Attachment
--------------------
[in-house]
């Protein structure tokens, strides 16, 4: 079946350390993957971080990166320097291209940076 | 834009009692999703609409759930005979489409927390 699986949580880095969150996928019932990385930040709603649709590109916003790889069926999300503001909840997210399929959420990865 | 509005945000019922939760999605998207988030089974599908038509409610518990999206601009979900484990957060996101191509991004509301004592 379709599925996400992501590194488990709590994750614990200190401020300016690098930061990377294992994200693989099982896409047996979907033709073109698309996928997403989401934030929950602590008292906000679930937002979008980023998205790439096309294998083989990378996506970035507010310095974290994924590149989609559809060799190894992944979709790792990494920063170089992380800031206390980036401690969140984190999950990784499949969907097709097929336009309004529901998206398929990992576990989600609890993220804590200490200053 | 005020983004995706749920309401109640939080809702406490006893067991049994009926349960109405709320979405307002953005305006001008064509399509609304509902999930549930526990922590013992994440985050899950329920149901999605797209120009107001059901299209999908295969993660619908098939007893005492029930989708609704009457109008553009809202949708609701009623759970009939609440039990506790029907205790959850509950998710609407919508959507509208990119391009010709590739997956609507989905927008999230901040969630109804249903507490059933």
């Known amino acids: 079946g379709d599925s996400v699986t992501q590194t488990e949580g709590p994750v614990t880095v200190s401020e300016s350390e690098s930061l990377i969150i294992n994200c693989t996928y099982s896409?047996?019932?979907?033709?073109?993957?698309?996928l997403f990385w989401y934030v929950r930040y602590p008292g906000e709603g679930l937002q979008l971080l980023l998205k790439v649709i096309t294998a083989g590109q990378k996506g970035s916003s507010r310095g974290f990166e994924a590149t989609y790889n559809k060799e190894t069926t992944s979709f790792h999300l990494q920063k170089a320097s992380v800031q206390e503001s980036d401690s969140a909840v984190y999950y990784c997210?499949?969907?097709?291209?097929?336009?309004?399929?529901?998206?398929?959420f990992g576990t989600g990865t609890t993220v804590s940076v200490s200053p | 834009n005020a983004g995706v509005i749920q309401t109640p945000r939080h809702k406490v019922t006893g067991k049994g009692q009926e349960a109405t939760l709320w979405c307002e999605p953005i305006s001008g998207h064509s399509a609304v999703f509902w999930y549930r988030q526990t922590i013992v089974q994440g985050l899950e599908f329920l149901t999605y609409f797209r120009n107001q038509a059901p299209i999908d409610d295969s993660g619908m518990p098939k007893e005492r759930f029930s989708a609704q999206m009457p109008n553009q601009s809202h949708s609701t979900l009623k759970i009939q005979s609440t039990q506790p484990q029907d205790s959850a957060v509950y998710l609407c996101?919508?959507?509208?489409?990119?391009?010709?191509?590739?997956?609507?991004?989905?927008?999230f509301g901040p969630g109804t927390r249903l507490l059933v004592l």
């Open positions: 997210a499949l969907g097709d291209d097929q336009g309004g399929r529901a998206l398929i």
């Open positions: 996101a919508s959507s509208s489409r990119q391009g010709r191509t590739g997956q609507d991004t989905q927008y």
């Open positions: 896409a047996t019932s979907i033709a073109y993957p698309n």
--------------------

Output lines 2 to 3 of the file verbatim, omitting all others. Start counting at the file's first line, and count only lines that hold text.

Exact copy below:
């Protein structure tokens, strides 16, 4: 079946350390993957971080990166320097291209940076 | 834009009692999703609409759930005979489409927390 699986949580880095969150996928019932990385930040709603649709590109916003790889069926999300503001909840997210399929959420990865 | 509005945000019922939760999605998207988030089974599908038509409610518990999206601009979900484990957060996101191509991004509301004592 379709599925996400992501590194488990709590994750614990200190401020300016690098930061990377294992994200693989099982896409047996979907033709073109698309996928997403989401934030929950602590008292906000679930937002979008980023998205790439096309294998083989990378996506970035507010310095974290994924590149989609559809060799190894992944979709790792990494920063170089992380800031206390980036401690969140984190999950990784499949969907097709097929336009309004529901998206398929990992576990989600609890993220804590200490200053 | 005020983004995706749920309401109640939080809702406490006893067991049994009926349960109405709320979405307002953005305006001008064509399509609304509902999930549930526990922590013992994440985050899950329920149901999605797209120009107001059901299209999908295969993660619908098939007893005492029930989708609704009457109008553009809202949708609701009623759970009939609440039990506790029907205790959850509950998710609407919508959507509208990119391009010709590739997956609507989905927008999230901040969630109804249903507490059933």
């Known amino acids: 079946g379709d599925s996400v699986t992501q590194t488990e949580g709590p994750v614990t880095v200190s401020e300016s350390e690098s930061l990377i969150i294992n994200c693989t996928y099982s896409?047996?019932?979907?033709?073109?993957?698309?996928l997403f990385w989401y934030v929950r930040y602590p008292g906000e709603g679930l937002q979008l971080l980023l998205k790439v649709i096309t294998a083989g590109q990378k996506g970035s916003s507010r310095g974290f990166e994924a590149t989609y790889n559809k060799e190894t069926t992944s979709f790792h999300l990494q920063k170089a320097s992380v800031q206390e503001s980036d401690s969140a909840v984190y999950y990784c997210?499949?969907?097709?291209?097929?336009?309004?399929?529901?998206?398929?959420f990992g576990t989600g990865t609890t993220v804590s940076v200490s200053p | 834009n005020a983004g995706v509005i749920q309401t109640p945000r939080h809702k406490v019922t006893g067991k049994g009692q009926e349960a109405t939760l709320w979405c307002e999605p953005i305006s001008g998207h064509s399509a609304v999703f509902w999930y549930r988030q526990t922590i013992v089974q994440g985050l899950e599908f329920l149901t999605y609409f797209r120009n107001q038509a059901p299209i999908d409610d295969s993660g619908m518990p098939k007893e005492r759930f029930s989708a609704q999206m009457p109008n553009q601009s809202h949708s609701t979900l009623k759970i009939q005979s609440t039990q506790p484990q029907d205790s959850a957060v509950y998710l609407c996101?919508?959507?509208?489409?990119?391009?010709?191509?590739?997956?609507?991004?989905?927008?999230f509301g901040p969630g109804t927390r249903l507490l059933v004592l």